Brought to you by Wolfson Children’s Hospital
During the month of October, pink seems to be everywhere you look. From the pink ribbons on lapels to some fuchsia shoes on the feet of our Jacksonville Jaguars players, it is the color that defines Breast Cancer Awareness Month. If you’re under the age of 40, it’s easy to dismiss breast cancer as something you don’t have to worry about yet. But if there are things you know you can do to reduce your lifetime risk of developing it, wouldn’t you like to know what they are?
Current statistics show that one in eight women will develop breast cancer at some point in their lives. So what can you do to reduce the chance that you will? For starters, get out there and move! “We’re still learning how cancer develops, but there’s mounting evidence that losing weight can reduce the risk of breast cancer,” said Jennifer Crozier, MD, a hematologist/ oncologist with Baptist MD Anderson Cancer Center. “Achieving and maintaining a healthy weight can reduce levels of hormones like insulin, estrogens and androgens that are associated with cancer risk.”
People who are overweight or obese have a higher risk of many serious health problems like diabetes, high blood pressure, and heart disease. And those extra pounds also are associated with a higher risk of breast cancer. To help you lower your risk, there are lifestyle changes you can make – different ways to eat and to exercise. Long term, one of the most important changes you can make is maintaining a healthy weight. A guideline for doctors is body mass index (BMI), which is the ratio of a person’s weight and height. A normal BMI is between 18.5 and 24, with 25-29 considered overweight and 30 and higher considered obese. Figure yours out by using this online BMI calculator.
Aside from exercising at least five days a week, what you eat makes a big difference. “A plant-based diet can contribute to lowering the risk of cancer,” said Dr. Crozier. “This consists primarily of fruits, vegetables, beans/legumes, nuts/seeds and whole grains. The Mediterranean diet is based on vegetables, fruit, fish and olive oil. Both have been associated with a decreased risk of breast cancer.”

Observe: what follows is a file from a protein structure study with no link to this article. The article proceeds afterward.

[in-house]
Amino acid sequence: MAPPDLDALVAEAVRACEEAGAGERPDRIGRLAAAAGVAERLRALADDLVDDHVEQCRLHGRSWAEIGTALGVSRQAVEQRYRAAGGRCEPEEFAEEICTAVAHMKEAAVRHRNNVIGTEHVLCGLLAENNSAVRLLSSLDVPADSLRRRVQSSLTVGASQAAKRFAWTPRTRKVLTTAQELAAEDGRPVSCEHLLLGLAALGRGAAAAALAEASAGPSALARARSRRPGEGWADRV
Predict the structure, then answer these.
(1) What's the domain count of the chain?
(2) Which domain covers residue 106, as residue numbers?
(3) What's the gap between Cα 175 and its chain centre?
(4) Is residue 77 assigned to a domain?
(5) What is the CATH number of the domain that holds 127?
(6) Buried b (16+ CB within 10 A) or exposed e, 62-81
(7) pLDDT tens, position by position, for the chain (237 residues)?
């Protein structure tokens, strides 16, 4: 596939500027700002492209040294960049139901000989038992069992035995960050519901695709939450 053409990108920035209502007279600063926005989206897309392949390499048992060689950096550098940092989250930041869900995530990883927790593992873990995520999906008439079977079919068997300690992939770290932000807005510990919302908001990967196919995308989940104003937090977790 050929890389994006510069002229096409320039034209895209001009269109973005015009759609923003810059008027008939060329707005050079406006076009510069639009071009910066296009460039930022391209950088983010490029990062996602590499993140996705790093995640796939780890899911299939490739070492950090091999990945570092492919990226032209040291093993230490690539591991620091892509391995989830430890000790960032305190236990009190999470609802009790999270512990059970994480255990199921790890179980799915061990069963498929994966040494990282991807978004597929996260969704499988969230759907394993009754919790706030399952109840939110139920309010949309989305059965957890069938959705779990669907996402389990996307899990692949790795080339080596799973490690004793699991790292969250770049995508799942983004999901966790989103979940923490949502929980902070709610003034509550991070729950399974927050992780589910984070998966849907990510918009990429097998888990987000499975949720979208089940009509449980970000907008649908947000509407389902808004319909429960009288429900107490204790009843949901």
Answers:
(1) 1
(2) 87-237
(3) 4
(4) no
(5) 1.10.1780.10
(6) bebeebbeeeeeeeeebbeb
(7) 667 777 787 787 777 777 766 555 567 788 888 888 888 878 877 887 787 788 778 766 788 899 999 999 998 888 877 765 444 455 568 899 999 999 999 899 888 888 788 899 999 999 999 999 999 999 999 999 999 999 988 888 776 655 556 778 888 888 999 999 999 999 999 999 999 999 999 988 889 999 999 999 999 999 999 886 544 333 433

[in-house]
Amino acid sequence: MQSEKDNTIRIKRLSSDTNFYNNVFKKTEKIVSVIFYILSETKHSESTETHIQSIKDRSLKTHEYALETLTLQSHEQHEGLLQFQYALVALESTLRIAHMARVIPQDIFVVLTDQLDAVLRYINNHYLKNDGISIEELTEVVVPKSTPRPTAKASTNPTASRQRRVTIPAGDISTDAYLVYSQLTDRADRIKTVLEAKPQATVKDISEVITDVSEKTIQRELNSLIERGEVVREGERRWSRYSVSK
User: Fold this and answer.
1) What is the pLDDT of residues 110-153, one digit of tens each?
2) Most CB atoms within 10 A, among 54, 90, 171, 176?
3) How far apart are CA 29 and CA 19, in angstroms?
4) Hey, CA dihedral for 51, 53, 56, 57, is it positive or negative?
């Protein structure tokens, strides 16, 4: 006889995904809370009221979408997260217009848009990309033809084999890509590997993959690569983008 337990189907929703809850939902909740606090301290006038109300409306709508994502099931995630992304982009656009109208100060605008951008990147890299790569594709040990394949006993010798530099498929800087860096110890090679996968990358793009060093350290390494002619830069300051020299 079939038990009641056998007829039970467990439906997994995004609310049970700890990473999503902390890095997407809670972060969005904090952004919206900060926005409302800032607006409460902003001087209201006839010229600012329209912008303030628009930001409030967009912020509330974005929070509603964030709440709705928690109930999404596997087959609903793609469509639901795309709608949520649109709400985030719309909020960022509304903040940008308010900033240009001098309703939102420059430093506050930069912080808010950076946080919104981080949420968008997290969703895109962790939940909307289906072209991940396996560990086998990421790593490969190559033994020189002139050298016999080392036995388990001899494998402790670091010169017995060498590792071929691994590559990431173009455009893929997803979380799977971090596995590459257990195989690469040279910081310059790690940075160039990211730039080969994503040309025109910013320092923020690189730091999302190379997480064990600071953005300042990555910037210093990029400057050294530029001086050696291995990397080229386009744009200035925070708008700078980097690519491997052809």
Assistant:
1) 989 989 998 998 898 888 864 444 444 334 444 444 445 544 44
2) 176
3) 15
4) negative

Even if 40 is several years away, you should still get an annual checkup with your primary care physician or gynecologist that includes a clinical breast exam, and be aware of changes in your breasts like unusual swelling, dimpling, redness or irritation of the skin or unusual discharge from the nipple. Once you hit the big 4-0 (earlier if you have a family history and your doctor recommends it), it’s time to start your annual mammograms.
Most cancer specialists agree there are other factors that may contribute to the risk of breast cancer. These include the use of tobacco, excessive alcohol consumption, having dense breast tissue, prolonged hormone replacement therapy and having a family history of breast cancer. With that in mind, where’s the best place to start? Simply be more mindful of what you’re eating, and get some regular exercise.
“You can help lower your risk by eating and exercising differently now,” said Dr. Crozier.
|For more information about breast cancer screenings, risk factors and types of breast cancer, you can visit Baptist Health. For information on digital breast imaging, please call 904.202.2222 or go here.
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